DENVER - For many of us, graduation is just something we sit through to get our diploma. There’s our 15 seconds of fame as we walk across the stage, but then it’s quickly over and we’re off to what’s next in our life (loan repayments, jobs, maybe more school and other scary adult matters).
We don’t always stop and think about how hard-won a triumph it can be for someone to reach that goal of walking across that stage. How the walk across the stage can stand for a much harder journey.
Two Metro State University graduates shared their stories with us of how far they'd come.
Emily Zimmermann lost her sight as a sophomore in high school because of a brain tumor.
“I always had the dream of going to college and knew that I needed training in order to do that,” she said.
She moved from South Carolina to Colorado and went to the Colorado Center for the Blind in Littleton for help.
But blindness apparently wasn’t enough of a hurdle, as the tumor’s aftereffects caused short-term memory loss.
“I would have to study and go over the material over, and over, and sometimes I would remember the material and sometimes I wouldn’t,” she said.
Her parents relocated to help her in college. Her father, John Zimmermann, acted as a “human guide dog” and escorted her to her classes.
For him, it was a chance to share in a part of his daughter’s life that a lot of fathers don’t get to see.
“As a father, normally you send your daughter off to college and that’s like the end of your involvement,” he said.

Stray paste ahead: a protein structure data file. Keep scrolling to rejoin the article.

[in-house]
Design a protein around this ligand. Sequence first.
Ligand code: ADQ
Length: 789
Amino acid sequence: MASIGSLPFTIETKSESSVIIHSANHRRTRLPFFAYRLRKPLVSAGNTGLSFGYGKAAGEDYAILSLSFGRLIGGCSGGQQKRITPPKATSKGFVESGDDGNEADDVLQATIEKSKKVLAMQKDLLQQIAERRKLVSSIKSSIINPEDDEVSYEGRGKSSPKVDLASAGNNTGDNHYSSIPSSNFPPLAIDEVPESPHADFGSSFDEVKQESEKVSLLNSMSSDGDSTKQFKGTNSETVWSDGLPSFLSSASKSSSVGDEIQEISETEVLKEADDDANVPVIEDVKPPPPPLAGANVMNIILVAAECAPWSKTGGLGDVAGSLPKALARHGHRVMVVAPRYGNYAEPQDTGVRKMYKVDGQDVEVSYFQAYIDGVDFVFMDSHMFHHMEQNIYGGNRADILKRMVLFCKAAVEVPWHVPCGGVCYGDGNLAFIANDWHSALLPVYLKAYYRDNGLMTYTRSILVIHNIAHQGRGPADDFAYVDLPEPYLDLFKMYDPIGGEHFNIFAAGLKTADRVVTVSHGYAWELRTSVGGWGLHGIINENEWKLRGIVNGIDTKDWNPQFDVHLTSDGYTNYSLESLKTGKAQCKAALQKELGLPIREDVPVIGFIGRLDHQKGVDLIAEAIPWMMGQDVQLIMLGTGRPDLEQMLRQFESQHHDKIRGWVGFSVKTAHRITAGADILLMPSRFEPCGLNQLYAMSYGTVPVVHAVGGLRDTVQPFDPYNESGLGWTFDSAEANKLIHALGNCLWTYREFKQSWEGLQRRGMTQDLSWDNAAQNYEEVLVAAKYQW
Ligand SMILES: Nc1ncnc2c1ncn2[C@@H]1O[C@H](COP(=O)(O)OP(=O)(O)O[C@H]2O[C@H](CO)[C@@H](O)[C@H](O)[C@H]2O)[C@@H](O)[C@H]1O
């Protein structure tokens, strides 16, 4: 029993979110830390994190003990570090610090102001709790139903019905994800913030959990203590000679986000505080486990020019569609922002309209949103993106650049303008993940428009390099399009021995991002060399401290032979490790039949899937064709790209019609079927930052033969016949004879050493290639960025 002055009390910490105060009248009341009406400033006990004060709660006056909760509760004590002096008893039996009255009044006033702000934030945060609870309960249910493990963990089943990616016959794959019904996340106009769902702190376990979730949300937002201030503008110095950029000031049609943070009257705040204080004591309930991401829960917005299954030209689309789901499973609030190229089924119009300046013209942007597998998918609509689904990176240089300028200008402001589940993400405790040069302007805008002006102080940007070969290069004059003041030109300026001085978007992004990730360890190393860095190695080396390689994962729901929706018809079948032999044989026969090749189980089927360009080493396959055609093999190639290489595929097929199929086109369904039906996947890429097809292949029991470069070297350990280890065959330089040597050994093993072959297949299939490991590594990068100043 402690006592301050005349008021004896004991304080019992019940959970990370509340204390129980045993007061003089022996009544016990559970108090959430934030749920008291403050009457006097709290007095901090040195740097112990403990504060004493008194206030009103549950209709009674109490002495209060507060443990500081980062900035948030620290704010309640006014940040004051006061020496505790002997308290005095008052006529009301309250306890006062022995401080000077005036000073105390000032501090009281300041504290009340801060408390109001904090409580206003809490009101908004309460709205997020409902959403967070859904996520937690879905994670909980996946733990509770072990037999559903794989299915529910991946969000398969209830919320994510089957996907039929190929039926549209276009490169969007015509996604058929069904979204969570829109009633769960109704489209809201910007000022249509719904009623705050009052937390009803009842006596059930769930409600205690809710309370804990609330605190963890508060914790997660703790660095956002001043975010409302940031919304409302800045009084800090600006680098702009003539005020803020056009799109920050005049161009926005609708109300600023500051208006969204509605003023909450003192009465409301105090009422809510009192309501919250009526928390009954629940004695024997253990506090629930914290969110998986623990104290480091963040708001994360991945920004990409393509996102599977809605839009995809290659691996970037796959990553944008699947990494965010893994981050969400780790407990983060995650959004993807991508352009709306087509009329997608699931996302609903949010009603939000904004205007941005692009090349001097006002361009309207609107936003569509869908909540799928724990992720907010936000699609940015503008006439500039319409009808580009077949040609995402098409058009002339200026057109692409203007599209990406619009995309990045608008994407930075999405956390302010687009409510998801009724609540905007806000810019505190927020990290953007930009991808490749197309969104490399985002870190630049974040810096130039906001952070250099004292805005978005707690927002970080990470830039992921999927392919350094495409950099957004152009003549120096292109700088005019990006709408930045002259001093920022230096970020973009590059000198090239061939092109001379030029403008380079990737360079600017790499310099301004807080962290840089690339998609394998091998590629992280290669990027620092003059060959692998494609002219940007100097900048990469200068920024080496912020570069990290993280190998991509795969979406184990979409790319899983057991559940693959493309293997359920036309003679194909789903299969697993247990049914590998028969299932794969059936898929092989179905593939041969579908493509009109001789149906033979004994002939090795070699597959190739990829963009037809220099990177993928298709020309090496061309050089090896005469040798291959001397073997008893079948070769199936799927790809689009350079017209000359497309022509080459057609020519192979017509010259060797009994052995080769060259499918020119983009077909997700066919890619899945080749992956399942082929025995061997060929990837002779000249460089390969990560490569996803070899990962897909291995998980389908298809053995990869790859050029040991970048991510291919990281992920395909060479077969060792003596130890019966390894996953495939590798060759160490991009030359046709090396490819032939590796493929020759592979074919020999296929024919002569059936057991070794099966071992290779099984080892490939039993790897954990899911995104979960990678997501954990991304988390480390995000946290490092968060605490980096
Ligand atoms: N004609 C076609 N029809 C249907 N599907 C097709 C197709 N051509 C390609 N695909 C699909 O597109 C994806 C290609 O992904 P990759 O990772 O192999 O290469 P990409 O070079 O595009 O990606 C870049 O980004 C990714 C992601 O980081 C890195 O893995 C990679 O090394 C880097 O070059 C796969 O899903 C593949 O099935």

But instead, he got to be with her every step of the way.
“It was an amazing experience to be on campus with her every day, and walk through the college experience,” he said.
It’s been a five-year journey, but Zimmermann has graduated with a degree in communications. Her next step? Becoming a motivational speaker.
We’d say she already has quite the motivating story to tell. She agrees.
“Sharing my story of the different challenges I faced can help to encourage others that everyone faces difficulties and challenges,” she said. “We can overcome them and get through them in different ways.”
Eduardo Rascon III
It’s a story we’ve heard before, but it’s one that never loses its impact. Eduardo Rascon III is the first in his family to graduate from college. Walking across that stage was one of the happiest moments of his life.
“Because you’re the first, you’ve got to be able to set the bar pretty high,” he said.
He’s done that. He had an internship at the Capitol and would put in around 20 hours a week.
Now, with a degree in Chicano Studies, he’s fulfilled his mother’s dreams of graduating from college, and his family was there to watch him walk across the stage.
“It means the world to me, he said. "If it wasn’t for my family, I wouldn’t be where I am."
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